Inner ear lesions can result in permanent balance and hearing deficiencies and have significant negative impact on quality of life. Therefore it is essential to expand the fundamental knowledge of the molecular basis for inner ear deficiencies and develop clinical interventions for their prevention and therapy. This application is to test the influence of two growth factors, glial cell-derived neurotrophic factor (GDNF) and insulin-like growth factor-I (IGF-I) on protection rescue and regeneration in the inner ear. Experiments in the first specific aim of this proposal will test the hypothesis that the IGF-I family of growth factors is necessary and sufficient to enhance repair and regeneration in the sensory epithelia of the inner ear. IGF-I, IGF receptor and IGF-I binding proteins will be localized using in situ hybridization and immunocytochemistry in normal and traumatized inner ears. We will also test the hypothesis that addition of exogenous IGF-I into the perilymph will enhance hair cell regeneration in the mammalian vestibular epithelium, and provide protection in the auditory and balance systems. The second specific aim is to test the hypothesis that viral-mediated transgene expression of GDNF in the cochlear fluids can protect and rescue auditory hair cells and function from temporary and permanent threshold shifts. The third specific aim will test the hypothesis that that infusion of exogenous GDNF into the perilymph leads to GDNF binding to hair cells in the sensory epithelium of the inner ear. We expect that our work will continue to advance auditory and vestibular research towards clinical treatment of environmentally based impairments in the auditory and vestibular systems. The hypothesis driven aims of this proposal are based on recent exciting preliminary data and on innovative in vivo experimental approaches combined with traditional assays. We anticipate that the work will contribute to the understanding of the inner ear response to trauma at the molecular level, and lead to the development of means for protection, rescue, repair and regeneration in the organ of Corti and the vestibular sensory epithelia.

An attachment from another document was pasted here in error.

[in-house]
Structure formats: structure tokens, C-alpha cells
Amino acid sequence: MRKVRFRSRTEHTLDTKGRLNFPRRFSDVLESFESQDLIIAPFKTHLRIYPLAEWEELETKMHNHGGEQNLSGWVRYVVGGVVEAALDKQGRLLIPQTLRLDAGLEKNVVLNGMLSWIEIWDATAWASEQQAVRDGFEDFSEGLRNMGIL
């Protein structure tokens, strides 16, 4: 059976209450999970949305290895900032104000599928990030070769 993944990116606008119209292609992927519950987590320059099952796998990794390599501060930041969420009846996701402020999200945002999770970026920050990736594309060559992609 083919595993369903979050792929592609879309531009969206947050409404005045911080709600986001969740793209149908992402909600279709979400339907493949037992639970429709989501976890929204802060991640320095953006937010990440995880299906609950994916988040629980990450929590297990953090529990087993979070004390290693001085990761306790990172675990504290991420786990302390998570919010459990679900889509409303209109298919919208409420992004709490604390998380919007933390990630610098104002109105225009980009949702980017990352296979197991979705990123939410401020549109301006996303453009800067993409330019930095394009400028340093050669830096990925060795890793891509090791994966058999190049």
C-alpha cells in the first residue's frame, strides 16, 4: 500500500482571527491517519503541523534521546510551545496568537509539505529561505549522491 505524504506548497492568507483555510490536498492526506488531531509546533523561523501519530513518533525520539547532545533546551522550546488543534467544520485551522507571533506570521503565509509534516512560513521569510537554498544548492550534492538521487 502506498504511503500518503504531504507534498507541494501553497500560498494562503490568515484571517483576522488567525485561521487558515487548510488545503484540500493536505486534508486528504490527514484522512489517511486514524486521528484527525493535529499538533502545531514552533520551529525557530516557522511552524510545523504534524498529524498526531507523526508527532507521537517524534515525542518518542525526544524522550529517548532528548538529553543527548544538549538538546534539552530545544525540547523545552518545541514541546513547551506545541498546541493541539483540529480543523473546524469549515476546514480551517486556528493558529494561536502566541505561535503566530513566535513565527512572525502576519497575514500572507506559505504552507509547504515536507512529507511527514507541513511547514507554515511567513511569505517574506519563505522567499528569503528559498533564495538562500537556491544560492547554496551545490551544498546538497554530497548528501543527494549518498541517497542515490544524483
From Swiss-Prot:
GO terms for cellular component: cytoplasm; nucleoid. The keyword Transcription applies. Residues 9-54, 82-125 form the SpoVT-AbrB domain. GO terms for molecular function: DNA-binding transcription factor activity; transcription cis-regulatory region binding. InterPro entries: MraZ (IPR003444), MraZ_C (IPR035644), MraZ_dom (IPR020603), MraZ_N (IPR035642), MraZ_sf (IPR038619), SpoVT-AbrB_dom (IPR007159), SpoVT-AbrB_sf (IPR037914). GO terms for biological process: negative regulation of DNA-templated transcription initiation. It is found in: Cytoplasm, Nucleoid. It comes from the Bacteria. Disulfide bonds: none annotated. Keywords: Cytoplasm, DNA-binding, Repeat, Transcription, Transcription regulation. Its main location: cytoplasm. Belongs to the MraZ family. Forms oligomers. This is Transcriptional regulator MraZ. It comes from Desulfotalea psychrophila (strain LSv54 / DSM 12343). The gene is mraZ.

National Institute of Health (NIH)
National Institute on Deafness and Other Communication Disorders (NIDCD)
Research Project (R01)
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Special Emphasis Panel (ZRG1)
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Freeman, Nancy
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University of Michigan Ann Arbor
Schools of Medicine
Ann Arbor
United States
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